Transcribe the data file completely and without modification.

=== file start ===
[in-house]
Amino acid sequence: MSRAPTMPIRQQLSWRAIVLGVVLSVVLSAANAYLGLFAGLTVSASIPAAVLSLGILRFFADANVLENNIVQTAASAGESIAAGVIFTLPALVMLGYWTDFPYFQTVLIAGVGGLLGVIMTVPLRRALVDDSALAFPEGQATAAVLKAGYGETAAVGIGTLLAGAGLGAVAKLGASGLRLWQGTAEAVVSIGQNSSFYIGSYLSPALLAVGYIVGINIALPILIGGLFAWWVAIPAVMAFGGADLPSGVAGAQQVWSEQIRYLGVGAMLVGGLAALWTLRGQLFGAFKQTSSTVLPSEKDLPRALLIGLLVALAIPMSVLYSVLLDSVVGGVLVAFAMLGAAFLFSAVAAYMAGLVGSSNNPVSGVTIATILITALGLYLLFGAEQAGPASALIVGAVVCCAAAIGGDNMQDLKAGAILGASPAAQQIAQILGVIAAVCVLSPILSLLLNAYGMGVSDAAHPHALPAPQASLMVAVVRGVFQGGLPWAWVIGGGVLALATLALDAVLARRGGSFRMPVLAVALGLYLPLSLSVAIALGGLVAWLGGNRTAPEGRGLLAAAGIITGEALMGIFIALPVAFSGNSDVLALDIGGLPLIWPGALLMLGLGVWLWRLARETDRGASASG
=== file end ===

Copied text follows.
[in-house]
Amino acid sequence: MSRAPTMPIRQQLSWRAIVLGVVLSVVLSAANAYLGLFAGLTVSASIPAAVLSLGILRFFADANVLENNIVQTAASAGESIAAGVIFTLPALVMLGYWTDFPYFQTVLIAGVGGLLGVIMTVPLRRALVDDSALAFPEGQATAAVLKAGYGETAAVGIGTLLAGAGLGAVAKLGASGLRLWQGTAEAVVSIGQNSSFYIGSYLSPALLAVGYIVGINIALPILIGGLFAWWVAIPAVMAFGGADLPSGVAGAQQVWSEQIRYLGVGAMLVGGLAALWTLRGQLFGAFKQTSSTVLPSEKDLPRALLIGLLVALAIPMSVLYSVLLDSVVGGVLVAFAMLGAAFLFSAVAAYMAGLVGSSNNPVSGVTIATILITALGLYLLFGAEQAGPASALIVGAVVCCAAAIGGDNMQDLKAGAILGASPAAQQIAQILGVIAAVCVLSPILSLLLNAYGMGVSDAAHPHALPAPQASLMVAVVRGVFQGGLPWAWVIGGGVLALATLALDAVLARRGGSFRMPVLAVALGLYLPLSLSVAIALGGLVAWLGGNRTAPEGRGLLAAAGIITGEALMGIFIALPVAFSGNSDVLALDIGGLPLIWPGALLMLGLGVWLWRLARETDRGASASG